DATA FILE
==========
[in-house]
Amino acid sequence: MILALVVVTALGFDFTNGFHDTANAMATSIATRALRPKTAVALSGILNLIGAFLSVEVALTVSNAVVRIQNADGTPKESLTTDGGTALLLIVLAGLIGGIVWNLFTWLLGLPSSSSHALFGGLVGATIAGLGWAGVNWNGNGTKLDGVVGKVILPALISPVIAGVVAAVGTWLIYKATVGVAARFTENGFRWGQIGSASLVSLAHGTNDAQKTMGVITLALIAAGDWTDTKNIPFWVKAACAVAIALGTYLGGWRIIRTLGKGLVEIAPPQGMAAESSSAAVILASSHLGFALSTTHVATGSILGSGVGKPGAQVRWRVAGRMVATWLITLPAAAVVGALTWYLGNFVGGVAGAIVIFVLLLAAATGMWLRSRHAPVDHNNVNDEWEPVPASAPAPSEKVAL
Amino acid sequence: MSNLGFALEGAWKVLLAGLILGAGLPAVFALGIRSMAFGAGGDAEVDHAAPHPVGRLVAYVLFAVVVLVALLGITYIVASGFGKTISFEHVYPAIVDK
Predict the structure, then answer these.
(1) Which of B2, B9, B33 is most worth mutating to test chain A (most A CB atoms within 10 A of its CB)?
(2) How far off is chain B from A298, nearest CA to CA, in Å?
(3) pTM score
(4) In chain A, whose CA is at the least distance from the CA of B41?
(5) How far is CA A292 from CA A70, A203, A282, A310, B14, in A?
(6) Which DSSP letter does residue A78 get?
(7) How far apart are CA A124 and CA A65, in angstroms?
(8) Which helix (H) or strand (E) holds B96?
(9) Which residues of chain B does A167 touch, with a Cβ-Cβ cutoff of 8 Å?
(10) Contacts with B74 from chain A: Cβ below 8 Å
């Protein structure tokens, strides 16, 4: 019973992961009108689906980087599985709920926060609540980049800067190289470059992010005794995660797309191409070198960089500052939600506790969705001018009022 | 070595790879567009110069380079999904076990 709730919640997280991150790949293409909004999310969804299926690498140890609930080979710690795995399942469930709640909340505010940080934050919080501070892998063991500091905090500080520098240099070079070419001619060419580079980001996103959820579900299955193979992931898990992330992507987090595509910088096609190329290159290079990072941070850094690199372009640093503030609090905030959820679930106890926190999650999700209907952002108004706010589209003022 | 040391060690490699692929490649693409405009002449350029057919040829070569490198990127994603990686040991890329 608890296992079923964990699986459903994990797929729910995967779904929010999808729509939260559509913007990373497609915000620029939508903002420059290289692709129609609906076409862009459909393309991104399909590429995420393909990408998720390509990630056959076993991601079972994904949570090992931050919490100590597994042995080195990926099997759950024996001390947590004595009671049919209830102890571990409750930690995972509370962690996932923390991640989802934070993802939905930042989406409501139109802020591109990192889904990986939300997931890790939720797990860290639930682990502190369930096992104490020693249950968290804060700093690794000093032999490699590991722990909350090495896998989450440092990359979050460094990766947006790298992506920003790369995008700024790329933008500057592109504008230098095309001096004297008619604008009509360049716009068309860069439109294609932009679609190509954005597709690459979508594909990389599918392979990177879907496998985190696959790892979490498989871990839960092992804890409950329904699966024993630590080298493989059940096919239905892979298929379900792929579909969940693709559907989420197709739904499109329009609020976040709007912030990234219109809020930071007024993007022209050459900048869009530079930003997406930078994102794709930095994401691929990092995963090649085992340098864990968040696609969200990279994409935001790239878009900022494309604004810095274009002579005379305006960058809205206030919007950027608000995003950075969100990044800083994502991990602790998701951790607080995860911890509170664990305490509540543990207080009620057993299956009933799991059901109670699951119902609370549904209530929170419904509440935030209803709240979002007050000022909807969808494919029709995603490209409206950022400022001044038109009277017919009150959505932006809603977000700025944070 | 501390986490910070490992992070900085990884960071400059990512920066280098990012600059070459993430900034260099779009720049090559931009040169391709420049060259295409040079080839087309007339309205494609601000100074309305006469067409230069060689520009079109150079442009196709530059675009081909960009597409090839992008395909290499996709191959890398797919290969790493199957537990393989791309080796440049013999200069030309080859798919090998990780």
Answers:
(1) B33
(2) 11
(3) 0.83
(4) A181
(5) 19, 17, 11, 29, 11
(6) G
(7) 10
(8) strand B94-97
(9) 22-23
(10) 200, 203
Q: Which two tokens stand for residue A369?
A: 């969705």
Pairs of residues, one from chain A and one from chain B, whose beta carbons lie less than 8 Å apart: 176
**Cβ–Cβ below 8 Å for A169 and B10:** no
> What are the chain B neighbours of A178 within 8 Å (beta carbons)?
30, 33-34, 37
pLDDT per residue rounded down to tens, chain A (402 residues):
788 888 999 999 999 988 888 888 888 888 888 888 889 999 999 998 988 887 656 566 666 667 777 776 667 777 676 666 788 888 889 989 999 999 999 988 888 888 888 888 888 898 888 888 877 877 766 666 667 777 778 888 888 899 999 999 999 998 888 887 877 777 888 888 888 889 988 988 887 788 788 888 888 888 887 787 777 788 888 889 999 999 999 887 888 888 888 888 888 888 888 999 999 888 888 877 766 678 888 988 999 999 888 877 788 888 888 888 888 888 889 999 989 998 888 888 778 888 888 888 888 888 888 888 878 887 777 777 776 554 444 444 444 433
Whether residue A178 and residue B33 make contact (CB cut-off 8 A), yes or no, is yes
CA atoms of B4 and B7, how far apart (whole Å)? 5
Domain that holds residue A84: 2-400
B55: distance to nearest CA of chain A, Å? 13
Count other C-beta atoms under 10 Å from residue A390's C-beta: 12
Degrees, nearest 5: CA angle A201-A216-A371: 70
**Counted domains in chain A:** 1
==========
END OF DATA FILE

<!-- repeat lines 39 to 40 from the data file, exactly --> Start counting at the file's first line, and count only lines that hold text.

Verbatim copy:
Count other C-beta atoms under 10 Å from residue A390's C-beta: 12
Degrees, nearest 5: CA angle A201-A216-A371: 70